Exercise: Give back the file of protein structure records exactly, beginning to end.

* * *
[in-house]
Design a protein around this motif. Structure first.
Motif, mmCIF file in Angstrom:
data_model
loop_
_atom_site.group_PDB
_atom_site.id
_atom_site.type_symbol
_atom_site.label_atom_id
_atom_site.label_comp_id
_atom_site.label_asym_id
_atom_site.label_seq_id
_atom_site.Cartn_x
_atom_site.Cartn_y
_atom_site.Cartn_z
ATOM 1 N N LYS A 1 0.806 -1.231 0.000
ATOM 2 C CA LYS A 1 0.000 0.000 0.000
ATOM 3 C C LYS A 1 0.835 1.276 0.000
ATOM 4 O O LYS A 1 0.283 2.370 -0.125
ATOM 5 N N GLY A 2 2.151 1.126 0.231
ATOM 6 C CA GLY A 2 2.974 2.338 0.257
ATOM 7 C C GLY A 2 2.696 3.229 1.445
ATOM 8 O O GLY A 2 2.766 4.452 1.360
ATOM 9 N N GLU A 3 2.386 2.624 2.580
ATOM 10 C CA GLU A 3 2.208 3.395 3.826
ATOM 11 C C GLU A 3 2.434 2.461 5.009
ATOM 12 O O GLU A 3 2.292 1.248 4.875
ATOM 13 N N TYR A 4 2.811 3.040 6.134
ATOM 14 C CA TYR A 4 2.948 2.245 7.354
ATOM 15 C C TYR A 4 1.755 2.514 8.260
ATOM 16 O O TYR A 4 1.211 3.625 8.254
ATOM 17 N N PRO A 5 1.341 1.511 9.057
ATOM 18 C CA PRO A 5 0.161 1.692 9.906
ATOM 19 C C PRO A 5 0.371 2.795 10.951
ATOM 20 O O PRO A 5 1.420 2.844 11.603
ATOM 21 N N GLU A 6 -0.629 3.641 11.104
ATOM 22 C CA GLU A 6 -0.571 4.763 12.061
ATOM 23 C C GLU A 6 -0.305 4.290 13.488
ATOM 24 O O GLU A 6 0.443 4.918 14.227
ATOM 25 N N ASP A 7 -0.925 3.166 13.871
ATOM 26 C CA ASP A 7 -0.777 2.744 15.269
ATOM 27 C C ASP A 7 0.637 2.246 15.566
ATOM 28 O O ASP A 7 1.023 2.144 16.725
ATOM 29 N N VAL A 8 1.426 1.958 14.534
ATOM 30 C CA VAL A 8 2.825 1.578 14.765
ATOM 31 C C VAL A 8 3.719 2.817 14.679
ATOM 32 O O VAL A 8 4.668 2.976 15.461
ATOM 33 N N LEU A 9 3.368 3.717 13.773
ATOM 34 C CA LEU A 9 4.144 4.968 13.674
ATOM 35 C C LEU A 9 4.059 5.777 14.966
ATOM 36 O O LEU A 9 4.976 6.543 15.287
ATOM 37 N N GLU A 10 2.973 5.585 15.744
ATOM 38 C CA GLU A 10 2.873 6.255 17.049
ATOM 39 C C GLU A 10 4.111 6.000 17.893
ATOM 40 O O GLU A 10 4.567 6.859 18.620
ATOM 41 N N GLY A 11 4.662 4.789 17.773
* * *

[in-house]
Design a protein around this motif. Structure first.
Motif, mmCIF file in Angstrom:
data_model
loop_
_atom_site.group_PDB
_atom_site.id
_atom_site.type_symbol
_atom_site.label_atom_id
_atom_site.label_comp_id
_atom_site.label_asym_id
_atom_site.label_seq_id
_atom_site.Cartn_x
_atom_site.Cartn_y
_atom_site.Cartn_z
ATOM 1 N N LYS A 1 0.806 -1.231 0.000
ATOM 2 C CA LYS A 1 0.000 0.000 0.000
ATOM 3 C C LYS A 1 0.835 1.276 0.000
ATOM 4 O O LYS A 1 0.283 2.370 -0.125
ATOM 5 N N GLY A 2 2.151 1.126 0.231
ATOM 6 C CA GLY A 2 2.974 2.338 0.257
ATOM 7 C C GLY A 2 2.696 3.229 1.445
ATOM 8 O O GLY A 2 2.766 4.452 1.360
ATOM 9 N N GLU A 3 2.386 2.624 2.580
ATOM 10 C CA GLU A 3 2.208 3.395 3.826
ATOM 11 C C GLU A 3 2.434 2.461 5.009
ATOM 12 O O GLU A 3 2.292 1.248 4.875
ATOM 13 N N TYR A 4 2.811 3.040 6.134
ATOM 14 C CA TYR A 4 2.948 2.245 7.354
ATOM 15 C C TYR A 4 1.755 2.514 8.260
ATOM 16 O O TYR A 4 1.211 3.625 8.254
ATOM 17 N N PRO A 5 1.341 1.511 9.057
ATOM 18 C CA PRO A 5 0.161 1.692 9.906
ATOM 19 C C PRO A 5 0.371 2.795 10.951
ATOM 20 O O PRO A 5 1.420 2.844 11.603
ATOM 21 N N GLU A 6 -0.629 3.641 11.104
ATOM 22 C CA GLU A 6 -0.571 4.763 12.061
ATOM 23 C C GLU A 6 -0.305 4.290 13.488
ATOM 24 O O GLU A 6 0.443 4.918 14.227
ATOM 25 N N ASP A 7 -0.925 3.166 13.871
ATOM 26 C CA ASP A 7 -0.777 2.744 15.269
ATOM 27 C C ASP A 7 0.637 2.246 15.566
ATOM 28 O O ASP A 7 1.023 2.144 16.725
ATOM 29 N N VAL A 8 1.426 1.958 14.534
ATOM 30 C CA VAL A 8 2.825 1.578 14.765
ATOM 31 C C VAL A 8 3.719 2.817 14.679
ATOM 32 O O VAL A 8 4.668 2.976 15.461
ATOM 33 N N LEU A 9 3.368 3.717 13.773
ATOM 34 C CA LEU A 9 4.144 4.968 13.674
ATOM 35 C C LEU A 9 4.059 5.777 14.966
ATOM 36 O O LEU A 9 4.976 6.543 15.287
ATOM 37 N N GLU A 10 2.973 5.585 15.744
ATOM 38 C CA GLU A 10 2.873 6.255 17.049
ATOM 39 C C GLU A 10 4.111 6.000 17.893
ATOM 40 O O GLU A 10 4.567 6.859 18.620
ATOM 41 N N GLY A 11 4.662 4.789 17.773